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Product Managers are eating UX roles

Sharing actionable tips from my agency, enterprise, start up, and life experience with a design and developer twist.

Today I am going to talk about a shift I’ve been seeing in the design and product industries, and what it means for the UX design role. There is a tweet by Ravi Mehta that breaks down a matrix of a Product Manager. What is interesting is the Product Architect side:

If you’re a UX designer, you’re already, most likely, doing more UI design than user experience research and strategy. If you’re a Product Manager you are, most likely, doing more research, strategy and acquiring more user experience competencies.

Designers are taking umbrage to the thought of another role taking their responsibilities away and feel relegated to producing UI design. Is this an outrage? UX Designers and Product designers are dying on their hills.

The UX design role will be gone in 5 years

Remember the “Information Architect” role? That’s what the UX Design role will be in 5 years.

Product managers have been picking up:

In Ravi’s diagram, the Product Architect role includes fluency with data, voice of the consumer and user experience design. Understanding and fulfilling customer needs is core to a UX researcher and designers role. Ravi’s post is from 2020. Since then I have seen more discussions by product managers who have been picking up more of the UX toolbox skillsets.

PMs fundamentally understand the value of surveys, questionnaires, user interviews, user testing, analytics and metrics. They understand that there needs to be a balance between qualitative and quantitative research results which clear up pain points, empathize with users’ needs, and drive positive customer sentiment. They understand that UX designers need all of this information to create wireframes, user journey maps, prototype ideas, and plan information architecture. In an every changing world where research driven results and UX best practices are well documented, wouldn’t the next logical step for a successful PM be to pick up these skill sets to create innovative products?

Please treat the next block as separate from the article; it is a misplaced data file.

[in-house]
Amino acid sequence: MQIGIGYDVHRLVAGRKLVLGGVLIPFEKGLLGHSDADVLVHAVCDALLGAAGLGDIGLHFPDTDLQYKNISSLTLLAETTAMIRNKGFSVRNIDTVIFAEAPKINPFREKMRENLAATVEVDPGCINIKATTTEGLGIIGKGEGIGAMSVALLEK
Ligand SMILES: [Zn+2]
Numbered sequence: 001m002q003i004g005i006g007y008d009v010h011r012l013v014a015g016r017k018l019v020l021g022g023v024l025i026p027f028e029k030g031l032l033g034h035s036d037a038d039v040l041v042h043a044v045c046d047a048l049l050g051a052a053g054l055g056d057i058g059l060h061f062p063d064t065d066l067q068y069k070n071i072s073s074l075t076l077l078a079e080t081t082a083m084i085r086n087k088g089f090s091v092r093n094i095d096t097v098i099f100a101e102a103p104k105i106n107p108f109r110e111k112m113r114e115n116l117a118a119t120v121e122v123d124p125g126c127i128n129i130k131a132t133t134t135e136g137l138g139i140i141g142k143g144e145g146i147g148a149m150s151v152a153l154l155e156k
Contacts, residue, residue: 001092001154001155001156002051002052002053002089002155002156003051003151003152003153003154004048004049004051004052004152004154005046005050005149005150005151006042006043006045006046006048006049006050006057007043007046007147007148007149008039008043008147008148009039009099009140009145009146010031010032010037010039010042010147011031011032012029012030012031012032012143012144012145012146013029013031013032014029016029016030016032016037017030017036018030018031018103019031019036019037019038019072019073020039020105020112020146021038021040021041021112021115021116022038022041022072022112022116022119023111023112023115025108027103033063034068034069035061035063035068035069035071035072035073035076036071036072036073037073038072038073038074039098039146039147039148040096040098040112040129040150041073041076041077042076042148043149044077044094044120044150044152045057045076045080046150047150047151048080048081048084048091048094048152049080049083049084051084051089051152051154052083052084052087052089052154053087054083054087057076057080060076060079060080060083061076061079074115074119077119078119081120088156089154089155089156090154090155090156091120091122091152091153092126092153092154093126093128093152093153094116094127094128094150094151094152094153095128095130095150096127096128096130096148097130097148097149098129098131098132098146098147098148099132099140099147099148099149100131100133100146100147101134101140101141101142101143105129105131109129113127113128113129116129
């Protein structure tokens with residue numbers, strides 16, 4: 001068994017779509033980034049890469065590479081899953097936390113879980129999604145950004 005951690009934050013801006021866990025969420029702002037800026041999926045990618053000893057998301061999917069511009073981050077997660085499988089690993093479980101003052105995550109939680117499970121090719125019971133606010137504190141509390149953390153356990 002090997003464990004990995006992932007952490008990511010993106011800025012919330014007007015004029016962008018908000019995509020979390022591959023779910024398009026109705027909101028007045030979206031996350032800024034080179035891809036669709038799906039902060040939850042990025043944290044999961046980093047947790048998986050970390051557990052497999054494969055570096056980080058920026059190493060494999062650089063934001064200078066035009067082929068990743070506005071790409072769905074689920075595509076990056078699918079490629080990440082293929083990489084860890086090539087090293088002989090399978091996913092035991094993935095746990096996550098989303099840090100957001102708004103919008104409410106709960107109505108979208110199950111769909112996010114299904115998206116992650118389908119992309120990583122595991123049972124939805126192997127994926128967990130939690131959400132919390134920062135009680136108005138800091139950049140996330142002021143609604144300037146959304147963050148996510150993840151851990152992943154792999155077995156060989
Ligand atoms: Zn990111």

There are already companies who are refining and perfecting UX design. We laugh now at this technology, because it’s clearly not there yet, but we’re only in the beginning. As a UX designer, what makes you think these generative AI tools will not be yet another skill set PMs will add to their toolkit?

How do we deal with this situation? Continue to educate. I say continue, because we were always doing this. Whenever UX practitioners are working with other stakeholders we would indoctrinate best practices. I believe that is where we’ll continue to be of value.

That’s it for now! See you online!

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